• Nathan Riley, MD

Obgyno Wino Podcast Episode 4 - Management of Acute AUB in Nonpregnant Reproductive-Aged Women

“Someday, somewhere - anywhere, unfailingly, you'll find yourself, and that, and only that, can be the happiest or bitterest hour of your life.” ― Pablo Neruda

2014 Pinot Noir from MacMurray Estate Vineyards (2015 vintage pictured)

CO#557 - Published April 2013

Defining AUB

- acute versus chronic (chronic defined as at least 6 months of disordered bleeding)

- Heavy menstrual bleeding versus intermenstrual bleeding


- when patient presents with severe vaginal bleeding, find the source and determine the severity

- gather detailed medical, surgical, obstetrical, and gynecological histories

- gynecologic history should include length of cycles, duration of bleeding, volume of bleeding, and time frame of any changes to menstrual bleeding patterns

- ask about postpartum bleeding, intraoperative bleeding complications, and bleeding during dental procedures to assess for coagulopathy (13% of patients with heavy menstrual bleeding have some variant of vWD; 20% have an underlying coagulopathy)

- patients to refer to hem/onc for coagulopathy workup:

>patients with HMB since menarche

>postpartum hemorrhage OR surgery-related bleeding OR bleeding associated w/ dental work

>two or more of: bruising 1-2x/month, epistaxis 1-2x/month, frequent gum bleeding, or family history of bleeding symptoms

Physical exam

- start with a physical exam including a bimanual and speculum exam → where is the bleeding coming from?

- vital signs and ROS to determine hemodynamic stability

- labs: hemoglobin and hematocrit in the very least (and pregnancy test!)

- you may also consider clotting studies (INR, PTT, and fibrinogen) depending on severity of bleeding

- down the road, assessment for vWD might include: vW factor antigen, ristocetin cofactor assay, factor VIII level

- likewise: TSH, serum iron, TIBC, and ferritin; LFTs, and Chlamydia trachomatis testing may be helpful

- imaging: not generally useful in the acute setting, but depending on the patient may be helpful

- in the long run, TVUS and MRI/CT may be helpful; for example, MRI to evaluate junctional zone if adenomyosis suspected

Stabilize the patient

- one you’ve determine that the source of the bleeding is uterine, first stabilize the patient

- ensure that they have at least 1 but ideally 2 functioning, large bore IVs in place

- order blood products

- IV resuscitation in the meantime

Determine etiology


- Examples of COEIN

>AUB-C: vWD, hemophilia, platelet dysfunction disorders

>AUB-O: hyperprolactinemia (often presents as amenorrhea), hypothyroidism (heavy, unpredictable bleeding)

>AUB-E: characterized conditions such as increased levels of tissue plasminogen factor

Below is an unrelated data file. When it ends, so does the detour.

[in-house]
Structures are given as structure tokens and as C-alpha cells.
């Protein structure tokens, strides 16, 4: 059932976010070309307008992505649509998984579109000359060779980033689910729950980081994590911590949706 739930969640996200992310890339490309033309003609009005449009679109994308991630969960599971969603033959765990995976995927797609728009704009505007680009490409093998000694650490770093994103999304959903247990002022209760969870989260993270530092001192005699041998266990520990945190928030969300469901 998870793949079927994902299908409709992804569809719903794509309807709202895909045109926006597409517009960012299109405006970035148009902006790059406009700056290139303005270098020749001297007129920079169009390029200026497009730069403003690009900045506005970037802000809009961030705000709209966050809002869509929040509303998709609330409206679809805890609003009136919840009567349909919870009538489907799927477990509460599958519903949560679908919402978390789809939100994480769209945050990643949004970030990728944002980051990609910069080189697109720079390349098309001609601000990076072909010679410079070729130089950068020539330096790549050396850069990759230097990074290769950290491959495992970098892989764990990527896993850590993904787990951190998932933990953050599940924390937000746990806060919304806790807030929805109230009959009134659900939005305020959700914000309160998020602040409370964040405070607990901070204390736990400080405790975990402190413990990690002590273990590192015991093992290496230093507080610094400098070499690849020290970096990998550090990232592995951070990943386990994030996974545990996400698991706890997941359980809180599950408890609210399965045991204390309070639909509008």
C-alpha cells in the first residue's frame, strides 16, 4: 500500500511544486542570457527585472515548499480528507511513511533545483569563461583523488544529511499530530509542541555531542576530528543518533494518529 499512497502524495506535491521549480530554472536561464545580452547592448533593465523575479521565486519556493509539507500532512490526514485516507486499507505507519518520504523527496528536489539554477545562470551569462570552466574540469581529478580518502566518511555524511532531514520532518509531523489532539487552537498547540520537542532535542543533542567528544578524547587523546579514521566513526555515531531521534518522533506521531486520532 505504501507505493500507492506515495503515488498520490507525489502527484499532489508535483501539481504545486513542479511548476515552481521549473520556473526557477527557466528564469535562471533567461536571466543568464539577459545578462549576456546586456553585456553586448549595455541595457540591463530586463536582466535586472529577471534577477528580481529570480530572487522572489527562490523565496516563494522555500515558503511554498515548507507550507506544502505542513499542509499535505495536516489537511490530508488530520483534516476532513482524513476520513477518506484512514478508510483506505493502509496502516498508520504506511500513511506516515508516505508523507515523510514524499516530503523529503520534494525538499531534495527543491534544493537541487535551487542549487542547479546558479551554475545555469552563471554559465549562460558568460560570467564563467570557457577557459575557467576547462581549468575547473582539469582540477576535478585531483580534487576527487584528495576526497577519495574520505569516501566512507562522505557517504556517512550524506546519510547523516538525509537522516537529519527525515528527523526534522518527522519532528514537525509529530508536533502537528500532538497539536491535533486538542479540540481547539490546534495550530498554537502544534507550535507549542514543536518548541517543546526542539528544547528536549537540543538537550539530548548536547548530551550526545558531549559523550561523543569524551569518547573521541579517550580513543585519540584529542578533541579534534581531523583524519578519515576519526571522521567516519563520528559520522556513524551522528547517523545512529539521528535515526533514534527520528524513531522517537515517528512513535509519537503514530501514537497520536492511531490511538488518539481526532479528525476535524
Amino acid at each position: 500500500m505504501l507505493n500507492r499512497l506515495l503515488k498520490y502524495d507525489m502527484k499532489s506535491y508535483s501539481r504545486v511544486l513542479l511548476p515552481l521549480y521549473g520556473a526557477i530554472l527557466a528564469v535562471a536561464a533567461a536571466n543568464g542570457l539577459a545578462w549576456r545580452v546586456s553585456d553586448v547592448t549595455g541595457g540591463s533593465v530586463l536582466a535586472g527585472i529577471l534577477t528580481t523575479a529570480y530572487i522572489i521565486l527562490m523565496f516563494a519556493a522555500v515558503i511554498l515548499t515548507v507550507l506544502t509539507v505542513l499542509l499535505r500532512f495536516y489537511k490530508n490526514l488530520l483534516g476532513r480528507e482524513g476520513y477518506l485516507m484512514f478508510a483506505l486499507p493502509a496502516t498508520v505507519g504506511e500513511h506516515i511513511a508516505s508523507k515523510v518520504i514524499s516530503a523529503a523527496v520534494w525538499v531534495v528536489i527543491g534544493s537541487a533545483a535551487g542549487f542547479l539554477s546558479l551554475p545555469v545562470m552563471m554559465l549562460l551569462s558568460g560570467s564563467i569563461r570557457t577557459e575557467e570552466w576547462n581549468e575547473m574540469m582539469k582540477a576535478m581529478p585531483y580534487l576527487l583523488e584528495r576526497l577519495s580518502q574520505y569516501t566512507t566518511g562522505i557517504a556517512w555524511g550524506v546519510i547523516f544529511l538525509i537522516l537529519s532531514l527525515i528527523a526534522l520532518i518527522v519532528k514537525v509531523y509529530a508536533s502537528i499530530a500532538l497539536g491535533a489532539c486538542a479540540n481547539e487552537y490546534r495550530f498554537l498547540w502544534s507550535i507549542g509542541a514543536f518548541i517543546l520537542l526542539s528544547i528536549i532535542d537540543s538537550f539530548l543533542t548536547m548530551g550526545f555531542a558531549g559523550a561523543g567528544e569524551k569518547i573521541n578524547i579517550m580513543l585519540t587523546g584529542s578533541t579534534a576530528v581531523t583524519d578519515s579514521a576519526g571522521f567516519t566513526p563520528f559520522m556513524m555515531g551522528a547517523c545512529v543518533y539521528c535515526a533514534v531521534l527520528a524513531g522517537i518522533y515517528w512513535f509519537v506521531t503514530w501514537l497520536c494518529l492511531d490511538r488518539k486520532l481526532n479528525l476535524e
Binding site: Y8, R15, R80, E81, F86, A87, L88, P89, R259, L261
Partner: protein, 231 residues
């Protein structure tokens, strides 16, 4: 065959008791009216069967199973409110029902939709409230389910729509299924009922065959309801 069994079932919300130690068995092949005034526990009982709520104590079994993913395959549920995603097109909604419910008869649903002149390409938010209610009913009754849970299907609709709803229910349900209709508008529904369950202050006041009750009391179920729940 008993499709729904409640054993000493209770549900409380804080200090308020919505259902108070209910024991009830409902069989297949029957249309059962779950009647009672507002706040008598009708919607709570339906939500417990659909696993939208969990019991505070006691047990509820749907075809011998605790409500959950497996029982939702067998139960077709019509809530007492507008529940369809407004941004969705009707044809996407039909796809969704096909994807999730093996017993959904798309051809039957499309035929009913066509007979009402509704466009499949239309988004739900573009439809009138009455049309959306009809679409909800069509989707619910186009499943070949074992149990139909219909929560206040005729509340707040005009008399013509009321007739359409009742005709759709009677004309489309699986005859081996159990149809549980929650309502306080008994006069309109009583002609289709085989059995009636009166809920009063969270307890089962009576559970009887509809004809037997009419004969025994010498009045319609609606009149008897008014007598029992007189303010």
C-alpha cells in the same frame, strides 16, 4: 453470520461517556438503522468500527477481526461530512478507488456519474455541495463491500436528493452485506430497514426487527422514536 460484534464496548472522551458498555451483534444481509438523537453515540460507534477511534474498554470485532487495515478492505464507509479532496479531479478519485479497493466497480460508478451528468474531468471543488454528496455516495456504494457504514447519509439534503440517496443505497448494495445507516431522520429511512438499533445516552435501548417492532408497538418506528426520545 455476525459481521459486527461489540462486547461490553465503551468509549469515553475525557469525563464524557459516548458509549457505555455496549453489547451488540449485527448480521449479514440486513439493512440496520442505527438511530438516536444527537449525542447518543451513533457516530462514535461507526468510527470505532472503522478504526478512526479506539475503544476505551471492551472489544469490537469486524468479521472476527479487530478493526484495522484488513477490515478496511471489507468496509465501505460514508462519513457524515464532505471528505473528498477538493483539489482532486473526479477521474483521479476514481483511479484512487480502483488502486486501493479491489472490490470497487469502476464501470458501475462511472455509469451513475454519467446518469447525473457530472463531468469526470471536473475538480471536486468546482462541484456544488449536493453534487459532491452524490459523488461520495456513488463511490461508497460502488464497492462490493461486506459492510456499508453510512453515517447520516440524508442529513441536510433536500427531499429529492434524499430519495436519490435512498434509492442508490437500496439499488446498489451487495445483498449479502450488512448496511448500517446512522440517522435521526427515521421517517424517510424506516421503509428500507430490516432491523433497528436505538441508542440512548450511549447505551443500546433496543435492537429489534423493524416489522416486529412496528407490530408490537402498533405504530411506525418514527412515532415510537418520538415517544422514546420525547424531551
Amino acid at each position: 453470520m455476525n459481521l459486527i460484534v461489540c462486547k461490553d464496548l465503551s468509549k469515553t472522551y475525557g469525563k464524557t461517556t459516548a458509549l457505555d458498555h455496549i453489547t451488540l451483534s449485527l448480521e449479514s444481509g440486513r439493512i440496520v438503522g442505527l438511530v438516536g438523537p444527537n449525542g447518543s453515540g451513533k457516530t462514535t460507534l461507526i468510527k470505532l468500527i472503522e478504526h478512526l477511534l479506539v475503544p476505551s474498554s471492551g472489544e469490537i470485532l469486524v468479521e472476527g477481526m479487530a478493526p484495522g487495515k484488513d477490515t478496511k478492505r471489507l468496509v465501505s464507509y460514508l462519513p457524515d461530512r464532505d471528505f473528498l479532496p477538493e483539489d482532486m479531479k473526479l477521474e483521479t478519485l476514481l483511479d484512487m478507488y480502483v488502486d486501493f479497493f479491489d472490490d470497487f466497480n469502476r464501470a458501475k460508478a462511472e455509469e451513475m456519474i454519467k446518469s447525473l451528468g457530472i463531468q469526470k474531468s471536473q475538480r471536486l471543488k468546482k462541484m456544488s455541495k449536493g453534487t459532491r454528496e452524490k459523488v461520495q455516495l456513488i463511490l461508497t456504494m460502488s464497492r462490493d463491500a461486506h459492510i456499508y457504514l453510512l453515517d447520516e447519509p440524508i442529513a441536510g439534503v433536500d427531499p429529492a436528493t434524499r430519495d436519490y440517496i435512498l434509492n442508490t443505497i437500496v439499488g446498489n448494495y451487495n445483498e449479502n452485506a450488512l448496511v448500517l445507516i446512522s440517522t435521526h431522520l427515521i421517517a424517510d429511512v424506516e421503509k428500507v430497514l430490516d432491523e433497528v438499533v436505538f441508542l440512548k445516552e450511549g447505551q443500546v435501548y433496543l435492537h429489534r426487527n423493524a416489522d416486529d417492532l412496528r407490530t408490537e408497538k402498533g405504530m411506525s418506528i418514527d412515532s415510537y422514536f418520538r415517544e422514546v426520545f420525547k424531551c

>AUB-I: anticoagulation, IUD (paragard → heavy menstrual bleeding; LNG-IUS → intermenstrual


>AUB-N: AVM, infection

You can find the original article through Google scholar: FIGO classification system (PALM-COEIN) for causes of abnormal uterine bleeding in nongravid women of reproductive age

Management (COCs and progestins)

- Surgical versus medical

- 1st line medical is hormone therapy in absence of known bleeding disorders

- IV estrogen, COCs, or oral progestins

- IV estrogen is only FDA approved medical management modality

- One RCT showed that IV estrogen resulted in cessation of bleeding in 72% of participants within 8 hrs compared with 38% of participants treated with a placebo

- COCs and progestins also very helpful, though

- One study compared COCs TID for 7 days with oral medroxyprogesterone acetate (Provera) TID for 7 days and found that bleeding stopped in 88% of women who were given the former and 76% of women who were given the latter

Management (TXA) and intrauterine foley

- tranexamic acid has been shown to be effective for chronic AUB (i.e. heavy periods) (55% reduction in bleeding)

- also reduces the need for transfusion when administered prior to major surgery

- likely effective in managing acute AUB, just hasn’t been studied

- could also consider foley bulb to tamponade the bleeding alone or in combination with any of the medical options

- if vWD, desmopressin can be helpful as well as recombinant factor VII and vW factor


- D&C is the standard surgical procedure

- send specimen to path to evaluate for polyps, endometrial hyperplasia or malignancy, or retained POCs

- you can also consider ablation, hysteroscopic polypectomy, myomectomy, or hysterectomy in specific cases

- before ablation, ensure that patient has completed childbearing and that you have ruled out malignancy

What can we do long-term?

- Mirena, COCs, progestins, TXA are all good options

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